An Opera for Animals was first staged at Para Site in Hong Kong between 23 March and 2 June 2019, with works by over 48 artists and collectives that use opera as a metaphor for modes of contemporary, cross-disciplinary art-making. The exhibition's second iteration takes up a large portion of the Rockbund Art Museum (RAM) in Shanghai (22 June–25...
Zoe Butt is the artistic director of The Factory Contemporary Arts Centre in Ho Chi Minh City, the first purpose-built space for contemporary art in Vietnam. Founded in March 2016, the Centre was designed by HTAP Architects in an old steel warehouse, with cargo shipping containers added to its structure. Initiated as a social enterprise...
即将于2019年7月13开幕的第二届 Condo Shanghai，联合上海7座画廊/艺术机构与14 家来自全球11个不同的城市，如东京、首尔、雅加达、巴尔的摩、洛杉矶、伦敦、纽约、危地马拉城、利马和墨西哥城，为实验性展览营造了一个更切实可行的国际环境。以下是Ocula的展览看点。周奥，《景观/对象WA》（2016）。橡木上固化油墨打印，左: 55.88 × 147.32 cm，中: 121.92 × 152.4 cm，右: 55.88 × 147.32 cm，图片提供：马凌画廊，上海。马凌画廊 × 80m2 Livia Benavides × LABOR × Proyectos Ultravioleta马凌画廊 |...
Exhibition view: Jeff Koons: At The Ashmolean, The Ashmolean Museum, Oxford (7 February–9 June 2019). Courtesy of Ashmolean. Photo: David Fisher.
Jeff Koons is back. The American artist and art commerce kingpin has just opened his latest show at Oxford's Ashmolean, the world's oldest public museum. Seventeen significant works – 14 of which make their first appearance on UK soil – span the artist's career and radically distinctive oeuvre including Equilibrium, Antiquity and Gazing Ball in a show curated by Koons himself and his long-term friend and collaborator, Sir Norman Rosenthal.
Jeff Koons is an American contemporary artist whose works often reference popular culture and are characterised by an interest in the banal and readymade.
Koons received his BFA at the Maryland Institute College of Art in Baltimore and studied at the School of the Art Institute of Chicago before moving to New York, his current city of residence. During the late 1970s, Koons worked as a student assistant for the artist Ed Paschke, whom is cited along with Salvador Dali, Man Ray and Duchamp as early influencers upon the artist’s practice. In the 1980s, Koons worked as a commodities broker, later explaining this move as a way to finance his artistic career before returning to being a full-time artist.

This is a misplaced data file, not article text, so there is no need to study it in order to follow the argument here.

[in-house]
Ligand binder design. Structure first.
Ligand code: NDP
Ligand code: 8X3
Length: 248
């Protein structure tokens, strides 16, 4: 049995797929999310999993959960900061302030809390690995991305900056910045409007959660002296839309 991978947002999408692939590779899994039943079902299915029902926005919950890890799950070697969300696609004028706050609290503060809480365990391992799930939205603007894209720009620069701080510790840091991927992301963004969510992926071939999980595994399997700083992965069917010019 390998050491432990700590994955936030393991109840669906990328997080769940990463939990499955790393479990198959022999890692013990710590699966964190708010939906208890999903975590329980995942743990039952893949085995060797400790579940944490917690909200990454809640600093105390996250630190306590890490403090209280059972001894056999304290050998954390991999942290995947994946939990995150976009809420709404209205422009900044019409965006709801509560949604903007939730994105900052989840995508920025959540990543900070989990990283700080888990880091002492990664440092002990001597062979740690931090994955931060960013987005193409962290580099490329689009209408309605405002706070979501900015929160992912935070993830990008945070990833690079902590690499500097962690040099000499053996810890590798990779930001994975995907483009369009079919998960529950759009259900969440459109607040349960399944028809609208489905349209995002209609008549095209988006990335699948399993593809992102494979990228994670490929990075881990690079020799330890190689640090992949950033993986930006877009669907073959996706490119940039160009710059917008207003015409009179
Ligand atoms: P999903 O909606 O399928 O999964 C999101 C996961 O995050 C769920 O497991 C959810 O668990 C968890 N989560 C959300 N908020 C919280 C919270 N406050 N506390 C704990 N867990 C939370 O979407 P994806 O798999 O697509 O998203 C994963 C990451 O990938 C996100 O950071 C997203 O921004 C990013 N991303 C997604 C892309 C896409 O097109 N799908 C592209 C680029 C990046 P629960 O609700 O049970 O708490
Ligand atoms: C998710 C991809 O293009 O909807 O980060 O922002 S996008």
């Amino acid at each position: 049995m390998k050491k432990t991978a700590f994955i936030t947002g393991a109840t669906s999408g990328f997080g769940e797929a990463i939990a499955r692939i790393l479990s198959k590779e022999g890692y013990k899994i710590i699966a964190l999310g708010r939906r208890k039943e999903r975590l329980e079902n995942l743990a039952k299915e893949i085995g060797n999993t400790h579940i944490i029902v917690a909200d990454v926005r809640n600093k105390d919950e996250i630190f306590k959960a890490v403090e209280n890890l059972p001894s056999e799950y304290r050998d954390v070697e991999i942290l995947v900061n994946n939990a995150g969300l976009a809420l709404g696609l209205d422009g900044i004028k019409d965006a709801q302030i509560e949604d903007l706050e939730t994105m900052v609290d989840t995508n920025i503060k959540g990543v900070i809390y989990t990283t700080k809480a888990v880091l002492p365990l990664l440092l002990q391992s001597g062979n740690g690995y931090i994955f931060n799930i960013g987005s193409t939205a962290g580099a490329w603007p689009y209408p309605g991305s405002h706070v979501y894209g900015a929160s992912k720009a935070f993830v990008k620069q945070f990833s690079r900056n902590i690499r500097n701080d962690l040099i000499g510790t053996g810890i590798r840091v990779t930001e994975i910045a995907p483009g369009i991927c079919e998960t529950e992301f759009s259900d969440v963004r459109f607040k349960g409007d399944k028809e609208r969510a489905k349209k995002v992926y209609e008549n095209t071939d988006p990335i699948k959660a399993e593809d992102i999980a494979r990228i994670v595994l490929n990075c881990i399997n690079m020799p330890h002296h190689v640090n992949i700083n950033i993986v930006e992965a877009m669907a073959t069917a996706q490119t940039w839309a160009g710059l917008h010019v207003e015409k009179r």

During the 1980s, Koons rose to prominence as part of a group of artists who came to be associated with the term Neo-Geo. The group is often discussed in the context of the art world’s critique of a media-saturated and consumer-influenced culture and the commodification of the art object. Other artists included Ashley Bickerton and Peter Halley.
Working predominantly in series, Koons creates works in a number of mediums ranging from photography to sculpture, often using readymade objects or objects that appear to be readymade. Early work included The New (1979–1987), a series of branded and mounted vacuum cleaners. When they were first exhibited in the window of the New Museum in New York in 1980, they were arranged in cabinets and displayed as if in a showroom. The works were oriented around a central red fluorescent lightbox, which had the words ‘The New’ written on it, as if referencing a new brand. Subsequent series included Easyfun Ethereal (2001), which included multi-media collages of images of bikinis, lips, eyes, cars, food and landscapes. Koons drew from the visual language of advertising to make the familiar yet unrelated images communicate to his audience.